Compare the two soliloquies in the play Hamlet: 1) Act 1, Scene 2: "O, this too too solid flesh would melt," (lines 131-161) ...
Compare the two soliloquies in the play Hamlet:
1) Act 1, Scene 2: "O, this too too solid flesh would melt," (lines 131-161)
2) Act 3, Scene 1: "To be, or not to be; that is the question:" (lines 64-98).
The first soliloquy, in Act 1, Scene 2, is characterized by brokenness, short sentences, and exclamations—"Oh God! God!"—which reflect the tortured state of Hamlet's mind. He mourns the fact that "the Everlasting . . . fix'd his canon 'gainst self-slaughter," as the world now seems "flat and unprofitable" to Hamlet, who is feeling suicidal. He bemoans the fact that "so excellent a king" as his father has been apparently forgotten by his mother within "a little month, or ere those shoes were old/With which she follow'd my poor father's body." "O, God!" he repeats several times throughout the soliloquy, and he also breaks off to curse "Fie on't! ah fie!" and to declare, "Frailty, thy name is woman!" Hamlet is here extremely agitated and distressed, and he declares that his uncle is "no more like my father/Than I to Hercules." He concludes by declaring that "it cannot come to good" but vows that "I must hold my tongue."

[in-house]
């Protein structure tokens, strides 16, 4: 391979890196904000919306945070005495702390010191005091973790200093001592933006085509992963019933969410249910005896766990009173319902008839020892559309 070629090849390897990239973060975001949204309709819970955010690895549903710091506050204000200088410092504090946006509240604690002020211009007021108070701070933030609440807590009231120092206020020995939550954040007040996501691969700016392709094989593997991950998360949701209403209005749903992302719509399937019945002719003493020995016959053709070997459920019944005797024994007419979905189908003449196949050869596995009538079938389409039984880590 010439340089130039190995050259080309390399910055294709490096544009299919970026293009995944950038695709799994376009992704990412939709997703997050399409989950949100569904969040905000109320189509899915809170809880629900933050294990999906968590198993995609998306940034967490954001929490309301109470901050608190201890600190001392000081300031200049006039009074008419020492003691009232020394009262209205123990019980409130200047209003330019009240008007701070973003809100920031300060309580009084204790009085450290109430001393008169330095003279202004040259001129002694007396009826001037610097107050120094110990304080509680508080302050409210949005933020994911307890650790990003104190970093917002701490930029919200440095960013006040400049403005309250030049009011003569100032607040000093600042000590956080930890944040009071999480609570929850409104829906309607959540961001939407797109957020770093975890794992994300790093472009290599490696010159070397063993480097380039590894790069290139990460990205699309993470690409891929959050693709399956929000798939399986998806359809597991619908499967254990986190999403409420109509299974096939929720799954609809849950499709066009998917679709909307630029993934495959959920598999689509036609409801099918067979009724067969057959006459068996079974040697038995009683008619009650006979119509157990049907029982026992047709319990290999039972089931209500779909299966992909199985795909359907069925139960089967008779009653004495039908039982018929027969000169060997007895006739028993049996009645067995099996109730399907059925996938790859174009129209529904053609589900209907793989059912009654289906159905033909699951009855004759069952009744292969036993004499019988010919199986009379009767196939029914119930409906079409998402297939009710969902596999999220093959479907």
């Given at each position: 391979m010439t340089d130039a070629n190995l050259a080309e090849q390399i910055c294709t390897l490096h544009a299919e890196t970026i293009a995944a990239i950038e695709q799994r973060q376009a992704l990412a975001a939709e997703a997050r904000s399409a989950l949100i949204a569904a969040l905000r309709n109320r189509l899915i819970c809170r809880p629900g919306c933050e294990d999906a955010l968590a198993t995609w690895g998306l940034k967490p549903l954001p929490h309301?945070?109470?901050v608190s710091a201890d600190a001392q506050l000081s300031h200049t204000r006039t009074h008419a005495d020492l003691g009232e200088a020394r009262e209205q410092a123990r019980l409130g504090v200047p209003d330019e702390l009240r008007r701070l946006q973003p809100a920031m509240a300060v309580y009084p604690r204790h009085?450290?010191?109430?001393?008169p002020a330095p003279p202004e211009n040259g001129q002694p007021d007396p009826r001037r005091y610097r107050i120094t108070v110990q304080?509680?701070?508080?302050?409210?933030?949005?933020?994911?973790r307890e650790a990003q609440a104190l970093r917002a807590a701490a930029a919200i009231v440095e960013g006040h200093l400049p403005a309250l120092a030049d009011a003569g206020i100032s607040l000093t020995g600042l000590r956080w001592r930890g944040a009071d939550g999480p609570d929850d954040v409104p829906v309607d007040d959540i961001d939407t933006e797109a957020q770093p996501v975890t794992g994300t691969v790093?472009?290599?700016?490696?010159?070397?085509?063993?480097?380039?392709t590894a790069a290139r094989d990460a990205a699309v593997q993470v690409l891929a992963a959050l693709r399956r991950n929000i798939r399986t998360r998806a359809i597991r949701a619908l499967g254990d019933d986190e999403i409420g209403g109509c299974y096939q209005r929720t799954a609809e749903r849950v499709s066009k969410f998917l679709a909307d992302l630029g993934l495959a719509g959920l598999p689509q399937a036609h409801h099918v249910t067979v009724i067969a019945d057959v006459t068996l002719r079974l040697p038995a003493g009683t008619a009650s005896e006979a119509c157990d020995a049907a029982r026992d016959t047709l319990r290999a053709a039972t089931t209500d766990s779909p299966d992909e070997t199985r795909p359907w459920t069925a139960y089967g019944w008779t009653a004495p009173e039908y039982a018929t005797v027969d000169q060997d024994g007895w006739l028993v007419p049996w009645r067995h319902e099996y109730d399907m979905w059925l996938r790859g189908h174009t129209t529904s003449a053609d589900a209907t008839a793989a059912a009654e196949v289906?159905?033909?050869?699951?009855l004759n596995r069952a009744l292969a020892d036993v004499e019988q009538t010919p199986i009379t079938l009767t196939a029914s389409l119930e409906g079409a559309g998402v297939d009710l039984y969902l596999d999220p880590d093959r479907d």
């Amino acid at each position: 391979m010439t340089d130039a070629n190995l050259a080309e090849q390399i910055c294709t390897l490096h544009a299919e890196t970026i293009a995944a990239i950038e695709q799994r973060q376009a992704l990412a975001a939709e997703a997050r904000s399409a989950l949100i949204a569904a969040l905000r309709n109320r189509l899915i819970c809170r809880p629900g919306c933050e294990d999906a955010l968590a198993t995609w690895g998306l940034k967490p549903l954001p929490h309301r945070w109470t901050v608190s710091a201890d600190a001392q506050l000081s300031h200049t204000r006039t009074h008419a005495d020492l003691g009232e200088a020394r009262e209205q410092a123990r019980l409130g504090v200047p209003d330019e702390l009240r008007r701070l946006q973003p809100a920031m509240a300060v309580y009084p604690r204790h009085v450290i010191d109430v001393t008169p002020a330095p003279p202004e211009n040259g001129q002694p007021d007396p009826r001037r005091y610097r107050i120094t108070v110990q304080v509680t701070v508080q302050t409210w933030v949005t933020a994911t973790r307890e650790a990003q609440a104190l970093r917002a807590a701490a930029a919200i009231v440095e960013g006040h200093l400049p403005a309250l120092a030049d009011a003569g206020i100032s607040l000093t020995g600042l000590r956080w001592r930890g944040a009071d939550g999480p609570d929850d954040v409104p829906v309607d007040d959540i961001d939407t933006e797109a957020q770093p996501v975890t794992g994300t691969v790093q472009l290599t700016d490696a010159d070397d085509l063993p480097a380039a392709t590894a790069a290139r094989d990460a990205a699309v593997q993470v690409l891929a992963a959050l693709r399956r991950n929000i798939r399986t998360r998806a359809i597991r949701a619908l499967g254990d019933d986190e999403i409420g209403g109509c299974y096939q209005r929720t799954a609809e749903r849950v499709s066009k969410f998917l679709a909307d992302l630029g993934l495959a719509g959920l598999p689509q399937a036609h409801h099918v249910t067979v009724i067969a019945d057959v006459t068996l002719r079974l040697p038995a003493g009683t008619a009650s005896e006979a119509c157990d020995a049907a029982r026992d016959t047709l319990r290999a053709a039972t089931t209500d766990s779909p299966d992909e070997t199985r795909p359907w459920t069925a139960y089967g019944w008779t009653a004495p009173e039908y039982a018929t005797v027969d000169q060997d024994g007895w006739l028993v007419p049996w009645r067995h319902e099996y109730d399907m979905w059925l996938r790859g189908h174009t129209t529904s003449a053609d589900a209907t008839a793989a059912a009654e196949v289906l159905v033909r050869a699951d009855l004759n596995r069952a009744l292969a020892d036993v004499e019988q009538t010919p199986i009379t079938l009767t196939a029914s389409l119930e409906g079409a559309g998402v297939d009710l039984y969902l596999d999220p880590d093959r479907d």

The second soliloquy in the poem is altogether more measured, lacking...
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